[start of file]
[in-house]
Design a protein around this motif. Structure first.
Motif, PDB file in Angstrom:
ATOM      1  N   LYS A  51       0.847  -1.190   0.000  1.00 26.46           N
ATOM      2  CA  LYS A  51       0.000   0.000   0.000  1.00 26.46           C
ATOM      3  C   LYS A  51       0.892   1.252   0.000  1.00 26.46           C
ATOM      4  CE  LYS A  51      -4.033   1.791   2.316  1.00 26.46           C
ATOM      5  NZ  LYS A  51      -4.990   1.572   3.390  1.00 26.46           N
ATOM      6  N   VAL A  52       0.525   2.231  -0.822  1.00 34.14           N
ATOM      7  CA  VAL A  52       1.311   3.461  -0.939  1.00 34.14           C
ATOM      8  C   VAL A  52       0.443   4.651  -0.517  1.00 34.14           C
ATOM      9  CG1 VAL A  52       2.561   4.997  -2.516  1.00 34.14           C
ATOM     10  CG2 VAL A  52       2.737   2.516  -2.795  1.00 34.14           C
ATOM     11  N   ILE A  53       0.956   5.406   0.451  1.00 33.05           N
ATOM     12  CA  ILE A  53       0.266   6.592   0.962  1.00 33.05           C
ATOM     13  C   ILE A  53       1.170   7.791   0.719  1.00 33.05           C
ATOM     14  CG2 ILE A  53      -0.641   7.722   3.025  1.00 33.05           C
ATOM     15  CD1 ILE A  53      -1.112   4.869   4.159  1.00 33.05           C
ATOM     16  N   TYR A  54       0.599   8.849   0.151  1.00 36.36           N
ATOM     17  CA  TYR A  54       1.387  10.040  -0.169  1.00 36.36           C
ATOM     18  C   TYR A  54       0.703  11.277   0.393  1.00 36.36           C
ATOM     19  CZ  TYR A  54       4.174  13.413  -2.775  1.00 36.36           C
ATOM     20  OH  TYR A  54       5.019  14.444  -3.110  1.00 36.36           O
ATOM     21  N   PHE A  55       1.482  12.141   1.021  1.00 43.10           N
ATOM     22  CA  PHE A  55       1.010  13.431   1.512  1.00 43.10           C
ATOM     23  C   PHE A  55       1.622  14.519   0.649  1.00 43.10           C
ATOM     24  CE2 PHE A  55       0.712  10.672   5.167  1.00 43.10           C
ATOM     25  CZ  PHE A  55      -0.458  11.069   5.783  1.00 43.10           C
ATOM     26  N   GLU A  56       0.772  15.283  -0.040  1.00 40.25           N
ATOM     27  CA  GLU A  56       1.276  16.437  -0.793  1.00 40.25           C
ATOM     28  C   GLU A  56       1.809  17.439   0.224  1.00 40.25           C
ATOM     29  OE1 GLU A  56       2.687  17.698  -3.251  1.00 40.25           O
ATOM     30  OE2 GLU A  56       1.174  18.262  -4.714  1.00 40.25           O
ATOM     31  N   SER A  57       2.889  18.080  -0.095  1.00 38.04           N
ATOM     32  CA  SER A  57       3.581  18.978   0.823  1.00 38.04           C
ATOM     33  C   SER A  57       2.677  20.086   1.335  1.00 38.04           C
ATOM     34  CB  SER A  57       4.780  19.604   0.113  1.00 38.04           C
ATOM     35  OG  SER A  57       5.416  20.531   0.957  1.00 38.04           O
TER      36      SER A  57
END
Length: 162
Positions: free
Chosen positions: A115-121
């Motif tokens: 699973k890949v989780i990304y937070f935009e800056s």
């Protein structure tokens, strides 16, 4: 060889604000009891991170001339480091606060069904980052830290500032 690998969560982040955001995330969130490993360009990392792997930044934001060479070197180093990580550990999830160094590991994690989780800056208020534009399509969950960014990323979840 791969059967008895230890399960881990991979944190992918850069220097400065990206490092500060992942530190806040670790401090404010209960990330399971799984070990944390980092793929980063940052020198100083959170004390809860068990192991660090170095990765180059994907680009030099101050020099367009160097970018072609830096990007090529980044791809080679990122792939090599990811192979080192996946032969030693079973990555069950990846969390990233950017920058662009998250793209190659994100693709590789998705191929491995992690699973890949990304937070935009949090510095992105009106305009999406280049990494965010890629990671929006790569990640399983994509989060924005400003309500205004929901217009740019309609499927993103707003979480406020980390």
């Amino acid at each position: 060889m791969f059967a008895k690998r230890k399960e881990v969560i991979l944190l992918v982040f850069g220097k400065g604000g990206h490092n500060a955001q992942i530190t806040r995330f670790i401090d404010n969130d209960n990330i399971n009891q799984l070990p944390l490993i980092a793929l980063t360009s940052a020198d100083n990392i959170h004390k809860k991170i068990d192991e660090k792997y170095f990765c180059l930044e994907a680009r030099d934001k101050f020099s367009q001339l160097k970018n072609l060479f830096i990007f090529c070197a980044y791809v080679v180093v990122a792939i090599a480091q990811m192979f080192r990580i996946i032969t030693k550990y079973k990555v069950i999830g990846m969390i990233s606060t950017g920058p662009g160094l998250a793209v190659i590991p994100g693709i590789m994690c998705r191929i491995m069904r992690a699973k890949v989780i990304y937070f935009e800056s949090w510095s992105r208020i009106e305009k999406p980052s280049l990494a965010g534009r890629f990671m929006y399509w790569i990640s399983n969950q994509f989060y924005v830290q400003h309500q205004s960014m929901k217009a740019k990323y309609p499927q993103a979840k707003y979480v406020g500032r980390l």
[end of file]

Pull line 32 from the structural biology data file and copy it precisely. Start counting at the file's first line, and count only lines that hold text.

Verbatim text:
ATOM     29  OE1 GLU A  56       2.687  17.698  -3.251  1.00 40.25           O